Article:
I remember one of my first jobs working at a bank. I was so excited to learn everything about the business and to start making my mark on the company. I went through training and absorbed as much as I could and was ready to start working with clients. Unfortunately, my enthusiasm soon waned when I began meeting with our clients, because I was continuously being pulled aside by coworkers, telling me that I was providing outdated information. I explained that I was doing things just as I had been trained and I even had the training guide to back me up. Then I was told that the guide had been outdated for some time and that I needed to start taking notes. When I asked why no one had taken the time to update the training material, I was told “Hey, I had to go through the same thing so…..”
How often do we get wrapped up in a process, forgetting to create documentation that standardizes guidelines? One may think that they didn’t have it easy, so why should the next guy? However, this prevents us from growing as leaders and robs us of the experience of making process improvements. It is important that when we take on something new and we find that there are opportunities to improve processes, that we are not only coming up with solutions, but that we are also documenting them for ourselves and for others. We have all likely been handed a project that has missing information or training material that is outdated and includes instructions that are no longer relevant. This is why we all need to take the extra step of documenting updates or changes, so things don’t continue to be stuck in the mud and we don’t repeat the cycle of others trying to find information that has already been sourced by each person before them.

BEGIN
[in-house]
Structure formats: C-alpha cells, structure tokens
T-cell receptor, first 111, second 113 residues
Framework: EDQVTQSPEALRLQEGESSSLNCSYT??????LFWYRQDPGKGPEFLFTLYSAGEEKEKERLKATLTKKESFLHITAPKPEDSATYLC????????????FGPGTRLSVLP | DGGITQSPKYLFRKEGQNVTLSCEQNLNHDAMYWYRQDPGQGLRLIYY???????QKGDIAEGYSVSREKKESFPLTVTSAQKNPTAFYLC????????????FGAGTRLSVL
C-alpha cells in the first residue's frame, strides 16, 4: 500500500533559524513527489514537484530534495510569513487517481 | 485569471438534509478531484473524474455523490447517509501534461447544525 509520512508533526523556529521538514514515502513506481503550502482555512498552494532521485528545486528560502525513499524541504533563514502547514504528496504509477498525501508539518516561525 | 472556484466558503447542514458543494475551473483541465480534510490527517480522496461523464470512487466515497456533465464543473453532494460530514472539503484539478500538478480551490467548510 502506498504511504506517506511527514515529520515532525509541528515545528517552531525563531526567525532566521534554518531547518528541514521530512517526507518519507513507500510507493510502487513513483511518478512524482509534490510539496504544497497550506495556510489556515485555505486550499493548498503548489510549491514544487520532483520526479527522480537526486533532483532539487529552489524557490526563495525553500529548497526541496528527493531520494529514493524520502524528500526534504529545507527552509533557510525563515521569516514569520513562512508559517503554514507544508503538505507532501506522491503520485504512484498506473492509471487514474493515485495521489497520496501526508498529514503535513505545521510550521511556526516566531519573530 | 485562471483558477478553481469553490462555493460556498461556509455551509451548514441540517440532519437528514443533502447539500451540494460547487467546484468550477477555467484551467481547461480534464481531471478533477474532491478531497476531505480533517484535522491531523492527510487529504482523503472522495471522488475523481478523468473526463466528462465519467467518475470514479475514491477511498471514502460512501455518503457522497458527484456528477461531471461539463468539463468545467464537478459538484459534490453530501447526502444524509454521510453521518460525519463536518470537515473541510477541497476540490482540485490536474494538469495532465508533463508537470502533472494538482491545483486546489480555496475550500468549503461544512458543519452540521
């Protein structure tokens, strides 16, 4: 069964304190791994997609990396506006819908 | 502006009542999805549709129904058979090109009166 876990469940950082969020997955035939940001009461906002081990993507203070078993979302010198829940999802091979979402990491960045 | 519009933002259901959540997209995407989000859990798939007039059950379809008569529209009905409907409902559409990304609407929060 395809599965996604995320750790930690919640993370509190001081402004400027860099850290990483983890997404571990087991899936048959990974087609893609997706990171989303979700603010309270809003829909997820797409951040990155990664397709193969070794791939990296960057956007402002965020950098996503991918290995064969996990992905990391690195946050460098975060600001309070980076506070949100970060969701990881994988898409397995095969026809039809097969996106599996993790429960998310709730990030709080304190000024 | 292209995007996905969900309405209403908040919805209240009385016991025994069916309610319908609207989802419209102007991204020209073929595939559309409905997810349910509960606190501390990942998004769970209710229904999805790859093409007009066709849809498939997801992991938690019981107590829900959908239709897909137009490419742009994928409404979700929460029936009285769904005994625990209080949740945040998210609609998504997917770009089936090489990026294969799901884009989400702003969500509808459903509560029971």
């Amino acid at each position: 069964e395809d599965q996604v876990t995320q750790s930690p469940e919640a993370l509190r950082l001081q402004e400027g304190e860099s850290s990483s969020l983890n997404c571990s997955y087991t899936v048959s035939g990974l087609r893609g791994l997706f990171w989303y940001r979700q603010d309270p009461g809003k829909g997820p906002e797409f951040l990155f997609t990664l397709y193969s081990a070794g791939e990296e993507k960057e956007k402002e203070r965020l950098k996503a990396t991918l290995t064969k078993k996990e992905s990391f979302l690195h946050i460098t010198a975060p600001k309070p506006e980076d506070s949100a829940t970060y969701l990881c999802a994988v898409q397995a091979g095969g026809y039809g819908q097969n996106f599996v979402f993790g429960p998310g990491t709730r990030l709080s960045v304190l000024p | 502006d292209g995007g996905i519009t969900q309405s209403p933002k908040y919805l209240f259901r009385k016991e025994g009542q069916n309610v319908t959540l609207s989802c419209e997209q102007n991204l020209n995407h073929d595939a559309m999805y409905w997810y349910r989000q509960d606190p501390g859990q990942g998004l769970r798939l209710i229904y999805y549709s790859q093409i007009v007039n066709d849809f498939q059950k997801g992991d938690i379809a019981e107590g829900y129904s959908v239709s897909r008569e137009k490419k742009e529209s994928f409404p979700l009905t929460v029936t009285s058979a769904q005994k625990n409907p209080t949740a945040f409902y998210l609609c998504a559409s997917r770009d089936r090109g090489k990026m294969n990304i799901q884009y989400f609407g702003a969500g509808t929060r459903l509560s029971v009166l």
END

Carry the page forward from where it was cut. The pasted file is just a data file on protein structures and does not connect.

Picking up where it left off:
In closing, I would like to share with you a few things that will benefit your coworkers and clients. When reviewing training materials, make real time edits as you notice outdated material. It is also important to make sure you share this with others. Having a folder full of secrets that only you benefit from is not something we do on purpose, but can easily happen over time. It is also important to not overly complicate things by providing more information than is needed. Ensure things are easy to understand and free of confusing acronyms. Consider that the next person, whether it be an employee or client, may not have the same level of expertise that you have with the subject at hand. Think of common mistakes and best practices that may not be documented yet, that may help someone who is unfamiliar with the project. Clarification improves efficiency. If there is an item that is a gray area, go the extra mile and find out if there is a resource that can provide more information.
If we begin to look at the big picture, we will see that the easier we make things for each other and more importantly for our clients, the more likely opportunities are to present themselves.